opus one

Every day is a symphony.

The first movement opens with a shrill beepbeepbeepbeep beepbeepbeepbeep beepbeepbeepbeep, followed by the rustling of sheets, the rustling of clothes, a fountain, a flush, a backpack’s zipper, and the squeak of a door being closed slowly as to not awaken the roommate who woke up with the first beepbeepbeepbeep but is kind enough to pretend that he is still asleep.  Rubber-soled shoes squeak on linoleum and patter on stone.  The pattern of the patter is altered as staircases are descended.  A silent door is opened and for the first time a low murmuring of voices can be heard.

The tenor opens his mouth in a brief solo.

“Good morning.”

A lower voice responds.

“Good morning.”

Silverware jingles and plates clink.  A chair scraping against the floor marks the end of the first movement.  The soloist sits down to breakfast.

art songs

For Mom, on her birthday:

My mom told me that when she was pregnant with me I would kick her in time with the church organ.

My mom told me a story that I now tell anyone who will listen.  It is about me when I was a toddler.  I didn’t like being alone.  If I was bad, my parents would threaten to close the door during nap time.  This achieved its desired result because to me a closed door meant being cut off from the world.  During this stage of my life, Mum and Dad sang me to sleep every night after the Lord’s prayer and final bathroom run—which had various code names like “Ooka laka.” (Don’t ask.)  After this ritual, Mom often rested on the rug next to my bed until I fell asleep.  If she didn’t, I wouldn’t.

On this specific occasion, my mom thought I was asleep.  She got up and started to quietly leave the room.  I noticed and said, “Mommy, back to your mat!”  That was the last time Mommy slept on her mat.

But the singing didn’t stop.  I don’t even remember what my parents sang to me besides Swing Low, Sweet Chariot. There were a good number of hymns, like A Mighty Fortress is Our God, often sung in harmony.  I remember one non-hymn that Dad sang by himself.  It went: Continue reading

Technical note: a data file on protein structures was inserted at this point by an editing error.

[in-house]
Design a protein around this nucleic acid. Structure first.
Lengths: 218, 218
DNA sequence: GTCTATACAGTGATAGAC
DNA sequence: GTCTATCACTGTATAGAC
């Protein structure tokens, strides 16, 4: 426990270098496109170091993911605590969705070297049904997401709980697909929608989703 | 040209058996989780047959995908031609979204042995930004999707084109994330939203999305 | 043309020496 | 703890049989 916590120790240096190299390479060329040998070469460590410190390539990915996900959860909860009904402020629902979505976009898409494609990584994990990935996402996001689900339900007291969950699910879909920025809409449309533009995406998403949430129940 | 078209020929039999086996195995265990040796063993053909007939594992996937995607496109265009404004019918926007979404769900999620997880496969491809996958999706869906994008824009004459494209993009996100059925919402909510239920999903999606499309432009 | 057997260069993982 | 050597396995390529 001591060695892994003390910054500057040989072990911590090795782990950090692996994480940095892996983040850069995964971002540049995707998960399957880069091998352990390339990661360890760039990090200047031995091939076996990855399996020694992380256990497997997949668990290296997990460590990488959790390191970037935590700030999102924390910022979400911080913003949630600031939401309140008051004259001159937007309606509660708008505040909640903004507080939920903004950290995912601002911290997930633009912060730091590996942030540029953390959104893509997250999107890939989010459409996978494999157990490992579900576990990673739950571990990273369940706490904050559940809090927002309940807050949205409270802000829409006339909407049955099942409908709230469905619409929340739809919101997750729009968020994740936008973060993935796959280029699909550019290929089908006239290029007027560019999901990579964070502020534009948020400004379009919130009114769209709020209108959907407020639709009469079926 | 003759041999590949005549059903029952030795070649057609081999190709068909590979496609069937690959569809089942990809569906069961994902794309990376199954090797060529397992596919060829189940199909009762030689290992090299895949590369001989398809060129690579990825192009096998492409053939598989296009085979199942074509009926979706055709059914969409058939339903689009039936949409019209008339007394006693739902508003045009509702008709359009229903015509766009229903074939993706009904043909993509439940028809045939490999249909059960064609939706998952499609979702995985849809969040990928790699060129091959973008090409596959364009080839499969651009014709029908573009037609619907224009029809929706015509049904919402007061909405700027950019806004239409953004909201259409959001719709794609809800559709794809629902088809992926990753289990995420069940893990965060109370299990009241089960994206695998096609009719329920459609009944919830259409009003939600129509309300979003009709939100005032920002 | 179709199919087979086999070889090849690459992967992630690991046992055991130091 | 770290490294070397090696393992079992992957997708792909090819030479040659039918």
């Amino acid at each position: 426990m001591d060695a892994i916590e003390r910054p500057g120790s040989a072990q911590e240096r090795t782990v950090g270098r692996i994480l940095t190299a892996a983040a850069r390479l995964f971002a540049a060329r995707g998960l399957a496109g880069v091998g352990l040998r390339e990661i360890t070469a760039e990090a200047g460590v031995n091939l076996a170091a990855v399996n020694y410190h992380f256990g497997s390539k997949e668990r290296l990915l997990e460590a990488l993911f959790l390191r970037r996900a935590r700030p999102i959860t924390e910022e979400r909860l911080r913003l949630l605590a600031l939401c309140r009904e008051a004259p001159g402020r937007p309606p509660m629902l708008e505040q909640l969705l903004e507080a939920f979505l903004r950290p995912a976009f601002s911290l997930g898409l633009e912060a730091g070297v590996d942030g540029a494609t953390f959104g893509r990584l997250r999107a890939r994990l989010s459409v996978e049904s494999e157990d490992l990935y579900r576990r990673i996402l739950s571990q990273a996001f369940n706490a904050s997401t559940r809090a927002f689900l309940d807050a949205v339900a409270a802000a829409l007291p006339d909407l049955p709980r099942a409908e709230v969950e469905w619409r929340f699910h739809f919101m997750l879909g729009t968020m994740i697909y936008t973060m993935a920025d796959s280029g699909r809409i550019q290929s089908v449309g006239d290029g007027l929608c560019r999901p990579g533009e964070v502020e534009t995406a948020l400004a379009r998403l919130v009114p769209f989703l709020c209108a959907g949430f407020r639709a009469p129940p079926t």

approaching saturation

“You Can Only Live Once” by the Strokes: the springs of 7th and 8th grade
The rest of  the album First Impressions of Earth by the Strokes: the winters of 9th and 10th grade
Supertramp and Abba: doing chores and making up dumb little dances with my sister in the old brick house in Manchester, NH.
How to Dismantle an Atomic Bomb by U2: my family’s trip to Riviera Maya, Mexico for spring break of 7th grade.
“Fall Creek Boys Choir” by James Blake and Bon Iver: goofing off with my Blacber in our dorm room last year.
21 by Adele and the Ladder by Andrew Belle: Homework late at night during my senior year of high school.
the National: many things, mainly the more depressing parts of the last few years.
the Goat Rodeo Sessions: Mapping out essays on white boards with Brian last year.

Our brains link noise to memories.  For me, it has come to the point where most of the music I like is already claimed by a specific memory or feeling. “I’m sentimental if you know what I mean,” says Leonard Cohen in “Democracy,” but let’s not even go there.

X & Y by Coldplay: flying to Seattle for the first time.
The Silversun Pickups: turning any summer car ride into a joy ride through Western Michigan.

It used to be that I would just know what to listen to, but now, not always.  I need to start listening to new music.

“I was born with the gift of a gooooolden… ticket?”

I bought my ticket to see Leonard Cohen in November!  He will be playing at Key Arena in Seattle, and I have wanted to see him for… well… a solid year.  I haven’t been a fan of his for a long time, but he became one of my favorites this past year and a half or so.  He is old, wise, and a little on the creepy side… like an ideal grandfather!

The title of this post comes from the following song.  Enjoy!